Spaceflight Insider

Blue Origin successfully tests ‘New Shepard’ suborbital rocket


Blue Origin successfully carried out a test flight of the company's New Shepard spacecraft on Apr. 29, 2018. Photo Credit: Blue Origin

The incredibly-secretive rocket company Blue Origin released video on Wednesday, detailing a test flight of their “New Shepard” spacecraft. The test flight occurred on April 29, 2015. Details about the flight are extremely limited, but Blue Origin did release a video and several photographs of the flight. This most recent flight highlights a company that is rapidly coming to the fore.

This “First Flight”, as Blue Origin is calling it, took the craft to an altitude of 307,000 feet (93,574 meters). The launch was designed as a full up test of all of the capabilities of the New Shepard spacecraft. According to Bezos, “… if New Shepard had been a traditional expendable vehicle, this would have been a flawless first test flight.” As is the case with most testing programs, something did go wrong.

“Of course, one of our goals is reusability, and, unfortunately, we didn’t get to recover the propulsion module because we lost pressure in our hydraulic system on descent.” Blue Origin is already working in two more booster modules and they expect to be flying again soon,” Bezos noted.

Video courtesy of Blue Origin

The New Shepard spacecraft and its booster use a vertical take-off, vertical landing (VTVL) flight profile.

The spacecraft uses a single 110,000 lb (50,000 kg) liquid oxygen (LOX) and liquid hydrogen engine. This BE-3 engine provides enough power to lift the New Shepard to altitudes of more than 62 miles (100 km). After liftoff, the vehicle passes through Mach 3 before separating the capsule from the booster.

Blue_Origin_BE-3_Acceptance_Test Blue Origin photo posted on SpaceFlight Insider

The BE-3 rocket engine, used on the New Shepard spacecraft, recently passed acceptance testing. Photo Credit: Blue Origin

The booster is designed to return to the launch pad autonomously, using its main engine for flight control. The craft automatically deploys a set of landing legs before settling onto the Texas soil. The capsule continues to coast through a parabolic flight to apogee. Recovery is through a drogue to main parachute system.

The New Shepard capsule is fully pressurized, allowing for up to six spaceflight participants. The 530 ft3 (15 m3) area can also be used for experimental payloads. The company’s website touts the amount of space as being 10 times that of NASA’s Mercury capsules.

The New Shepard Booster uses the BE-3 engine for ascent before separating from the capsule. It then uses a set of drag brakes to slow its descent while a set of steerable fins help to guide it back to the pad. The main engine fires a braking maneuver just before landing back at the Blue Origin facilities.

Blue Origin conducts all of its flights from the Corn Ranch – its private spaceport near Van Horn, Texas. Unlike other space companies, this greatly simplifies the launch process as coordination with a myriad of entities such as the Air Force and NASA. The sprawling 290,000 acre complex allows Blue Origin to conduct its tests in safety and away from the public.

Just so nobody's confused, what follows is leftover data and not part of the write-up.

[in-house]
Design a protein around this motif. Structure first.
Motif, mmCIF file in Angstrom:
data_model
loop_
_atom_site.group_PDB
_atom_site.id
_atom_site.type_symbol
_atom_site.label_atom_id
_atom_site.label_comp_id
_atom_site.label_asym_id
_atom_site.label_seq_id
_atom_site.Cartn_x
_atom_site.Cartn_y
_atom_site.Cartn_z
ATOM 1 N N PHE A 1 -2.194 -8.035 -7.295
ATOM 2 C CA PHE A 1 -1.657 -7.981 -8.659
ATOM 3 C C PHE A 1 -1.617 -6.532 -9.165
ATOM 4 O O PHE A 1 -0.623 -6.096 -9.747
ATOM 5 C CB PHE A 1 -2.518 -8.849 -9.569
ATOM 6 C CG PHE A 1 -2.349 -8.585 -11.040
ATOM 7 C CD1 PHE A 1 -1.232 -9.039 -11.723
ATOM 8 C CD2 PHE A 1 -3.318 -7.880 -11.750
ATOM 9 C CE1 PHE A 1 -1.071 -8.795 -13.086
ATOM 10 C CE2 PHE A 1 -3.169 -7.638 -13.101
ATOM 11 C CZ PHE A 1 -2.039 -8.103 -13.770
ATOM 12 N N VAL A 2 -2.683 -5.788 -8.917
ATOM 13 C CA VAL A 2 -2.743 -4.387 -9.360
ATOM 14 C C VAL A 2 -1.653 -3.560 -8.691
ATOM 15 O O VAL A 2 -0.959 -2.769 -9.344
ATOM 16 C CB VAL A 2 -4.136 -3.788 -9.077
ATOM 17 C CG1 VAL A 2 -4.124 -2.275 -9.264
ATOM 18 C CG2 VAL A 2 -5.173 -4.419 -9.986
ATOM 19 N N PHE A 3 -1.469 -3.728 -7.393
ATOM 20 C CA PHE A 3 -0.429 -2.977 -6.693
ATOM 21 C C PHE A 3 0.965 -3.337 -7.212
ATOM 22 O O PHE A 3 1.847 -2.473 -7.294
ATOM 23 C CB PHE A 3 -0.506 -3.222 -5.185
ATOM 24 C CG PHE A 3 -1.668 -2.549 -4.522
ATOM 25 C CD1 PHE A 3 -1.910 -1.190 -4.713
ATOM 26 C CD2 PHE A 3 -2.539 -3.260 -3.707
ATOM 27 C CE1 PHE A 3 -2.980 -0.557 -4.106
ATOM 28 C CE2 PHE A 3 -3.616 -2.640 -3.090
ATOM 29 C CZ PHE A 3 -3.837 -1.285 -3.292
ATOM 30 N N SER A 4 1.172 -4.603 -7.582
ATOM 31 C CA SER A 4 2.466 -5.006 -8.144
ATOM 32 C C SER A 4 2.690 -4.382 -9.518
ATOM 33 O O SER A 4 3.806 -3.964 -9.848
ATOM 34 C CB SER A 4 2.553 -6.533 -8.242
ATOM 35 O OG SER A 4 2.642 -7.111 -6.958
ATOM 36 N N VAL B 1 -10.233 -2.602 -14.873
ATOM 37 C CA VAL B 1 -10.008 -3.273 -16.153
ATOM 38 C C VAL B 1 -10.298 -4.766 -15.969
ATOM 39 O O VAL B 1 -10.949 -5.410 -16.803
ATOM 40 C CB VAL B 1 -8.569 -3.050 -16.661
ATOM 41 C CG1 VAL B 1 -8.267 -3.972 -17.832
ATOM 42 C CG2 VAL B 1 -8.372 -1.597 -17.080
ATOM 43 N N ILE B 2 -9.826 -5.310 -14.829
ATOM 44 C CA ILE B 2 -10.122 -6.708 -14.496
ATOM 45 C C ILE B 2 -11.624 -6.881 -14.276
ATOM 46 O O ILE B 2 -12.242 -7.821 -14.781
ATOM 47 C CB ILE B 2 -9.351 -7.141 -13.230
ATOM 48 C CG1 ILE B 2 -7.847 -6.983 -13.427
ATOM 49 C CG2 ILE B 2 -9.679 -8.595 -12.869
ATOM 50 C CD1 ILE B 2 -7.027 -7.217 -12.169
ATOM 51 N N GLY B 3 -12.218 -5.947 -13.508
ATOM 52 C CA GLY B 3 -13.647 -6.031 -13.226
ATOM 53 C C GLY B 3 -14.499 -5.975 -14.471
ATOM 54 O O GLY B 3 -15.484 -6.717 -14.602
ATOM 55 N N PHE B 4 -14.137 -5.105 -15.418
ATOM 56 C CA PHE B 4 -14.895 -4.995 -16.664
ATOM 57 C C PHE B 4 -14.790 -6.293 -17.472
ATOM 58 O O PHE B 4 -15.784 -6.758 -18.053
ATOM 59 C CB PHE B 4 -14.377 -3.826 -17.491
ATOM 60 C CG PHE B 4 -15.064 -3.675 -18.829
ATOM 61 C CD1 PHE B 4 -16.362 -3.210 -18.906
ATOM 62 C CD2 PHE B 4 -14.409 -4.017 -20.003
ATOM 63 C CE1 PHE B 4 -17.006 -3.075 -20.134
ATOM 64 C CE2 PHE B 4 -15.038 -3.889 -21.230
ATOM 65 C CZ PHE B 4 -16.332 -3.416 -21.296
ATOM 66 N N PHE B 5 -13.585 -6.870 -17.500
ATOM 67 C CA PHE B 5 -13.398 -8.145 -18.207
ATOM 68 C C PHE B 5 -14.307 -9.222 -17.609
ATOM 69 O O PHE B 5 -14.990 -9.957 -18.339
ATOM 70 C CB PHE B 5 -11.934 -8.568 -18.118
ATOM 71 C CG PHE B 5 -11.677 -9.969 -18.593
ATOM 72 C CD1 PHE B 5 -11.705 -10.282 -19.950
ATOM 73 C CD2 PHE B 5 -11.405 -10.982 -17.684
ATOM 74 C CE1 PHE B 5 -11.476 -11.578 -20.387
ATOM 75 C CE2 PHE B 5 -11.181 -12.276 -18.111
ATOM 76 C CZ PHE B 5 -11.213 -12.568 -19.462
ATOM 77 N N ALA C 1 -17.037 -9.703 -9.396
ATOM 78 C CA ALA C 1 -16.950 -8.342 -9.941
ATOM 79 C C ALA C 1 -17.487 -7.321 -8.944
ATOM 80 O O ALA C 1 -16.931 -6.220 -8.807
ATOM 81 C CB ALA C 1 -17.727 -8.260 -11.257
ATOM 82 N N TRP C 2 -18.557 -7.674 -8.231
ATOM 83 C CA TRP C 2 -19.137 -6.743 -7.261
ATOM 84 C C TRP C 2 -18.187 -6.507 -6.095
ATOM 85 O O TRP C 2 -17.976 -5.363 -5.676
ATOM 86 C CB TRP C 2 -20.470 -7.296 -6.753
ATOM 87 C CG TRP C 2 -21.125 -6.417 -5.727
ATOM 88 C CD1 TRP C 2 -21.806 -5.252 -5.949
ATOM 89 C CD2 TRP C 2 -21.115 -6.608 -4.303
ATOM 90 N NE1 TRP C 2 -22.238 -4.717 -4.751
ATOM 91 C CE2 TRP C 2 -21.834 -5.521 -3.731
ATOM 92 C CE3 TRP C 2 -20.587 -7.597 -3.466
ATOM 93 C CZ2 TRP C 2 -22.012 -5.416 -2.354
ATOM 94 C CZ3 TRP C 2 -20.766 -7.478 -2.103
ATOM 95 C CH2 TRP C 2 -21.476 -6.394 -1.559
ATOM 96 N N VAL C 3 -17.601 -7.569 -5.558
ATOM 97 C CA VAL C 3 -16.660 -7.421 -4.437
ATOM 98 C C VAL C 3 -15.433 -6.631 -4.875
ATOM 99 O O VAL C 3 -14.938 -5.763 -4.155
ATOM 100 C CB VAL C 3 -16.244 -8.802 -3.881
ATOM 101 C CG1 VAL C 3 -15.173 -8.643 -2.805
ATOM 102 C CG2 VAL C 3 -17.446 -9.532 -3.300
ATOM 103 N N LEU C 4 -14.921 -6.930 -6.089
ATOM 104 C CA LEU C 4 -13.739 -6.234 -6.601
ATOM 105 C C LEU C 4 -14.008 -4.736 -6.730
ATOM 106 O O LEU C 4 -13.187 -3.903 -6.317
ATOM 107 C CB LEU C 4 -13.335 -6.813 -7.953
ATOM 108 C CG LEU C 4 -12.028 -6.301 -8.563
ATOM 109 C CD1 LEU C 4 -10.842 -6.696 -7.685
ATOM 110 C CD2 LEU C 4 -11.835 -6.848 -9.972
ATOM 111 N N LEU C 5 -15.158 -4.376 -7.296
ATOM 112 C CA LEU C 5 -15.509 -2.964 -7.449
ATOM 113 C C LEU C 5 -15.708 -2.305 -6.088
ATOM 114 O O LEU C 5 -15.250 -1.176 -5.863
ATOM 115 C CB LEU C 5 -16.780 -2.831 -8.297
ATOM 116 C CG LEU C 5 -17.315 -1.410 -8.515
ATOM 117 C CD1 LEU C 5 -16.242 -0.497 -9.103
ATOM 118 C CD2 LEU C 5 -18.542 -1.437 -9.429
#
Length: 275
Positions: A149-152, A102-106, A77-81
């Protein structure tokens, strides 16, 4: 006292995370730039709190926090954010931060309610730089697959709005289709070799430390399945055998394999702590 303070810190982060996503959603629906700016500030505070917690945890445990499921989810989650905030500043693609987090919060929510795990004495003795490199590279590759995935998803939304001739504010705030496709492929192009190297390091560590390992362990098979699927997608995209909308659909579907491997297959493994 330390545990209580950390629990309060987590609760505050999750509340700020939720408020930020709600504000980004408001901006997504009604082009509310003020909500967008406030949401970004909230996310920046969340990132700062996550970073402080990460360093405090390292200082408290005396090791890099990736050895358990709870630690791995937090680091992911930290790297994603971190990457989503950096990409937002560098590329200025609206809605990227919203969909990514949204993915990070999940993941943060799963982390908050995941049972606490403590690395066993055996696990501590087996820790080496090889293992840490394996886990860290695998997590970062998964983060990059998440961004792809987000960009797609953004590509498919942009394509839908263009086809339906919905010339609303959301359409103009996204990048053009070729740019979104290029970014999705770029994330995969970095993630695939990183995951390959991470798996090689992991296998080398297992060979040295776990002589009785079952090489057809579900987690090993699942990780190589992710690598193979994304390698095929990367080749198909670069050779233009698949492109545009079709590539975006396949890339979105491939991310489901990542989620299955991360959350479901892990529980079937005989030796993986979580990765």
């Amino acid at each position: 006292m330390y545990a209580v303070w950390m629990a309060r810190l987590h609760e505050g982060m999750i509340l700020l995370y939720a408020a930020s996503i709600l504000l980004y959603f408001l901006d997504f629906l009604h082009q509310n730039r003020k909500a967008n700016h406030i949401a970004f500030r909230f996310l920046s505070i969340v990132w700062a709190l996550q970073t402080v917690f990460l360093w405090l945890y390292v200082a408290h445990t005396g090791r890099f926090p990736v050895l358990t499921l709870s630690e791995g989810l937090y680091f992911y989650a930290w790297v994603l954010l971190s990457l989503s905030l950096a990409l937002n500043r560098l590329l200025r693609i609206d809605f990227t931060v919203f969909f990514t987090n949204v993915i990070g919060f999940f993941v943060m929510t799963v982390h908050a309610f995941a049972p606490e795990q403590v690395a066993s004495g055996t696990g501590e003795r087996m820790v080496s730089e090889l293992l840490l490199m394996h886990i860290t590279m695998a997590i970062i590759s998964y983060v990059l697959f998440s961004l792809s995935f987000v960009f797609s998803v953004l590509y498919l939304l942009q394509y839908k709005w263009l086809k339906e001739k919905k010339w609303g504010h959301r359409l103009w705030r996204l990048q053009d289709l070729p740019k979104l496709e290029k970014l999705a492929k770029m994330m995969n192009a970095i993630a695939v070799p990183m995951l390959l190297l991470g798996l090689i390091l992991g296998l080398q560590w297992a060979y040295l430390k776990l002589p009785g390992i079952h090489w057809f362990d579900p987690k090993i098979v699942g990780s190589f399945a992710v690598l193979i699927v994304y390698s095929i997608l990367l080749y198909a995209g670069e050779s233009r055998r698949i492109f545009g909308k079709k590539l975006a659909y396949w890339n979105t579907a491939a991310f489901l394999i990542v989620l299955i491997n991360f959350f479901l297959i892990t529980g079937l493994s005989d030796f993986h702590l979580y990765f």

In addition to the New Shepard space vehicle, Blue Origin is working on a craft Bezos referred to as Very Big Brother. This is an orbital spacecraft which will use the BE-4 – a 550,000 lbf (2.45 MN) thrust engine running on LOX and liquified natural gas. That engine is a joint development with United Launch Alliance.

“The launch, altitude achieved, capsule separation and landing is a huge accomplishment, and we at Space Florida extend our congratulations to the whole team at Blue Origin. Well done,” said Space Florida’s CEO and President Frank DiBello in a statement issued by the organization.

Video courtesy of Blue Origin


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Joe Latrell is a life-long avid space enthusiast having created his own rocket company in Roswell, NM in addition to other consumer space endeavors. He continues to design, build and launch his own rockets and has a passion to see the next generation excited about the opportunities of space exploration. Joe lends his experiences from the corporate and small business arenas to organizations such as Teachers In Space, Inc. He is also actively engaged in his church investing his many skills to assist this and other non-profit endeavors.

Reader Comments

I hope they work out their issue with 1st stage recovery.
Is there any more info/video on that part?

Hopefully they’ll set up shop at Kennedy soon. They tried once and Elon convinced NASA not to let them have shared use of the pad.
Blue is the ideal company to work for, they treat their employees very well.

Elon doesn’t want Blue to set up shop at Kennedy because his employees would be leaving to work for Blue.

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